Woody’s Home for Veterans‘s mission is to provide a stable home environment for homeless veterans in need of ongoing psychiatric care. It offers free transitional and long-term housing and necessities to veterans facing homelessness and dealing with mental illnesses, such as PTSD and depression.
“Food, shelter, clothing, anything,” said founder Ronald Key, known as Doc Key. “We take them to their doctor’s appointments. We take them to Mudbug games.“
Key bought the house in 2003, but it was built in 1923 and it is in dire need of repairs. So he applied for a grant through Home Depot and the company came through with the money needed to cover the costs of rehabilitating the property on Jordan Street, which includes two houses.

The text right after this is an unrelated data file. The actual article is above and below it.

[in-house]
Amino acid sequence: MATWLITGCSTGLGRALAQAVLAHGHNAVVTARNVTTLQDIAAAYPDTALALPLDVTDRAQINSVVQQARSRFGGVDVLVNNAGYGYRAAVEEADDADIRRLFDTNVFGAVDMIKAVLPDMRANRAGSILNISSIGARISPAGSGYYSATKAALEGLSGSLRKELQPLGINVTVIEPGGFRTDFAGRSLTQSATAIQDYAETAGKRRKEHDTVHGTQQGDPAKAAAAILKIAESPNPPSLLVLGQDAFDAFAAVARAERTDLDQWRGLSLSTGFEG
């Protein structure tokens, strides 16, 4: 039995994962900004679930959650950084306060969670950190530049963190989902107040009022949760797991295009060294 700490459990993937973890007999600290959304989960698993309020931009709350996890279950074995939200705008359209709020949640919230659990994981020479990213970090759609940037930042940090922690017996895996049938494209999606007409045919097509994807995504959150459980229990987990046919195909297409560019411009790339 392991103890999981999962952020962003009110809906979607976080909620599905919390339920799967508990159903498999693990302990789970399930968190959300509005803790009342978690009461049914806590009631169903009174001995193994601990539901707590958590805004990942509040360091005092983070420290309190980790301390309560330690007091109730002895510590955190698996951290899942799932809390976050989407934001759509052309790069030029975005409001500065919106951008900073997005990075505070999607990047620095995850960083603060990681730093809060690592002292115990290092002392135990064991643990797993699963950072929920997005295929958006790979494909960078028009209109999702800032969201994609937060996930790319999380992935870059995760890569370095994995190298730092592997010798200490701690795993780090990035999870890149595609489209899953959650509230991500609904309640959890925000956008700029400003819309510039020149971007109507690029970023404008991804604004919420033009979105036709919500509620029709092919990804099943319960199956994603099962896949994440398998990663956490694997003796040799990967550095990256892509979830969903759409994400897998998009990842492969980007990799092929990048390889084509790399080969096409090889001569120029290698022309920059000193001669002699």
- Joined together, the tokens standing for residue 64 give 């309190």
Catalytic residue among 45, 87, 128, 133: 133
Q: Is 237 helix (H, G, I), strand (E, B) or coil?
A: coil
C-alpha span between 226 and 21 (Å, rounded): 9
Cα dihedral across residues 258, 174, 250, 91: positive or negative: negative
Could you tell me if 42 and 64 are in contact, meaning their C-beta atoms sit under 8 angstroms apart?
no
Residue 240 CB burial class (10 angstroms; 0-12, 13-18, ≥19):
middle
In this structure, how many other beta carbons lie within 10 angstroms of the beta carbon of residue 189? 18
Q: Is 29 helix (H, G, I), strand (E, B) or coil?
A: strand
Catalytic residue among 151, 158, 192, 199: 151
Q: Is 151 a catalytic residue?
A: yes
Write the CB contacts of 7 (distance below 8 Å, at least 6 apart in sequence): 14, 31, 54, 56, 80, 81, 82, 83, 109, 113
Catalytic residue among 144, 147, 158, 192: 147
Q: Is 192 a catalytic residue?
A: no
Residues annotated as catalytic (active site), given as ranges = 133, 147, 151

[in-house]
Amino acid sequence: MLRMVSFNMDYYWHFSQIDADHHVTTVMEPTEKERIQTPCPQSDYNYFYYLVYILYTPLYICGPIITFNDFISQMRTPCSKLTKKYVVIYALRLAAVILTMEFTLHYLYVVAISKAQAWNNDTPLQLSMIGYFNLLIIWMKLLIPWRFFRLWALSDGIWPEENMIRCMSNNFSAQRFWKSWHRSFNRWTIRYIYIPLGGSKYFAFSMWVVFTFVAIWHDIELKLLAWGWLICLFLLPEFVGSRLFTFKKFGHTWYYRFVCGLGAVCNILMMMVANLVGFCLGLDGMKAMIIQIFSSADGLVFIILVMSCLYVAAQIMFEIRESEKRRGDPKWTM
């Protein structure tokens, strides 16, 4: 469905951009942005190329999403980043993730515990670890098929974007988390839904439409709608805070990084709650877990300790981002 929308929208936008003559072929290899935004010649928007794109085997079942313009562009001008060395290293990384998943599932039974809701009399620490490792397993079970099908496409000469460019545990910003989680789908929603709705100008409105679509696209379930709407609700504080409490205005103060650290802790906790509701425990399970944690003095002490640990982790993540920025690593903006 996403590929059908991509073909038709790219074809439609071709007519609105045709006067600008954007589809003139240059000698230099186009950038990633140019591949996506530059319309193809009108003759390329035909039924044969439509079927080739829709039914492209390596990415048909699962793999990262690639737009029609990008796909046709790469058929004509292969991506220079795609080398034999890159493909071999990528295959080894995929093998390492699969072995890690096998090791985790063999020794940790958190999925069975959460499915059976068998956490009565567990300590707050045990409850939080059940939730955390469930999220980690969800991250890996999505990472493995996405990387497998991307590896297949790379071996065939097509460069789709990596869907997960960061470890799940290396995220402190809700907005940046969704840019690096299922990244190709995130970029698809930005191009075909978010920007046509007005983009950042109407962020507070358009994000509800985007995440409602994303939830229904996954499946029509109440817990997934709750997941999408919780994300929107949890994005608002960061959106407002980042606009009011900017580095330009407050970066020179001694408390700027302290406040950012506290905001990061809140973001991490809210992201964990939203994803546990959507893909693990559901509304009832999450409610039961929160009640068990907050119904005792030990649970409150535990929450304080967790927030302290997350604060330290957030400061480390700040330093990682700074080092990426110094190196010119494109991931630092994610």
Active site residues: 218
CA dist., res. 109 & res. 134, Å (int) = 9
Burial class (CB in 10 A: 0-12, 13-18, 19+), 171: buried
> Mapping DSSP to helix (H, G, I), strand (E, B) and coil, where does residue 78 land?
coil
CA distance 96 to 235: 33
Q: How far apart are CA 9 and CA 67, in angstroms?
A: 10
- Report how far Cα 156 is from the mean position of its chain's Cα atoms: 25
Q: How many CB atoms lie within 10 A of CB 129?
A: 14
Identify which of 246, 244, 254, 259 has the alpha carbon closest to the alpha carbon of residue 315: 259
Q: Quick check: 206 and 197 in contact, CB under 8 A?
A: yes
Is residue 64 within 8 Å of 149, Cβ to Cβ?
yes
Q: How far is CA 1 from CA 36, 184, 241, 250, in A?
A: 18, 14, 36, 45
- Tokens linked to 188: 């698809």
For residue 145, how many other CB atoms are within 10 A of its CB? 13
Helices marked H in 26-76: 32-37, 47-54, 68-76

“I’m just excited. This was four years in the making and the pandemic killed us for two years,” said Key.
“They had a lot of water damage on the exterior of this house that was making the wood decay away, which ultimately could’ve made this house fall,” said Bossier City Home Depot store manager Chris Cox. “So these veterans that is in this home would not have a place to go.”
Since opening, the organization says it has helped more than 20 veterans facing homelessness.
“Most will live out the rest of their lives here. They either don’t have a home, the family can’t handle them, or their family took advantage of them when they were home.”
More than 40 volunteers showed up Monday to do the rehab work on the houses.
“To be able to have this opportunity to support the community, be a representative of the base, a representative for their Air Force Sergeants Association, grateful for everybody that volunteered,” said Barksdale Airman and volunteer Marcus Simon. “Grateful to be here.”
Volunteers will return to Woody’s Home for Veterans July 29 to finish the project.